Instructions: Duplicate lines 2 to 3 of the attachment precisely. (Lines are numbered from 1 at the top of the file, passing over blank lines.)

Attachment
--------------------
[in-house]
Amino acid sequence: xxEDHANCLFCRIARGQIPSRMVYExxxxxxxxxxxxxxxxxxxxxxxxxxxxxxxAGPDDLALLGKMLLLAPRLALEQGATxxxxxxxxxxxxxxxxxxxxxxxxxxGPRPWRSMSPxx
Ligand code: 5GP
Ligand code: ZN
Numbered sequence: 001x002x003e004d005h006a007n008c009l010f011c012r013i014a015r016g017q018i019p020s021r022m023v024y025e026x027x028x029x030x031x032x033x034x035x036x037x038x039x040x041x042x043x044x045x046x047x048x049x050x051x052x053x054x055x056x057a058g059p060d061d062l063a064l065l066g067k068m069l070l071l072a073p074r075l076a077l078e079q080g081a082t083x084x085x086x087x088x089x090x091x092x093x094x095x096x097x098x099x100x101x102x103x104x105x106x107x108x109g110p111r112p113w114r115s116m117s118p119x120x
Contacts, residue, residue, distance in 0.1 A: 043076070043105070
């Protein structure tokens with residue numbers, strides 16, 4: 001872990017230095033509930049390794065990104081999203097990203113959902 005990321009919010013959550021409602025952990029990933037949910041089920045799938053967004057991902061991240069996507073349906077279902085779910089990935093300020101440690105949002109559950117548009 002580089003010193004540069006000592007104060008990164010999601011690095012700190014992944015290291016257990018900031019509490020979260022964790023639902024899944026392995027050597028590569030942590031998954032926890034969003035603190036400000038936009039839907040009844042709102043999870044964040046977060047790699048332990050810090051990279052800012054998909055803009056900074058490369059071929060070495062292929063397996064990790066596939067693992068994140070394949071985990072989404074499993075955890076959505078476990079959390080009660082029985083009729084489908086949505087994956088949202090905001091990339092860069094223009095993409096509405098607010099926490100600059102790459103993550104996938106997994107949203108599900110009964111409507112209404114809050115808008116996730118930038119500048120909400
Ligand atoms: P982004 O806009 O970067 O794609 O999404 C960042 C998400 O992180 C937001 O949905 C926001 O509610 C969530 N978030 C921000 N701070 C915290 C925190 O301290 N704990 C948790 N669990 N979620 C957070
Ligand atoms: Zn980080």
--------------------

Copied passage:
Amino acid sequence: xxEDHANCLFCRIARGQIPSRMVYExxxxxxxxxxxxxxxxxxxxxxxxxxxxxxxAGPDDLALLGKMLLLAPRLALEQGATxxxxxxxxxxxxxxxxxxxxxxxxxxGPRPWRSMSPxx
Ligand code: 5GP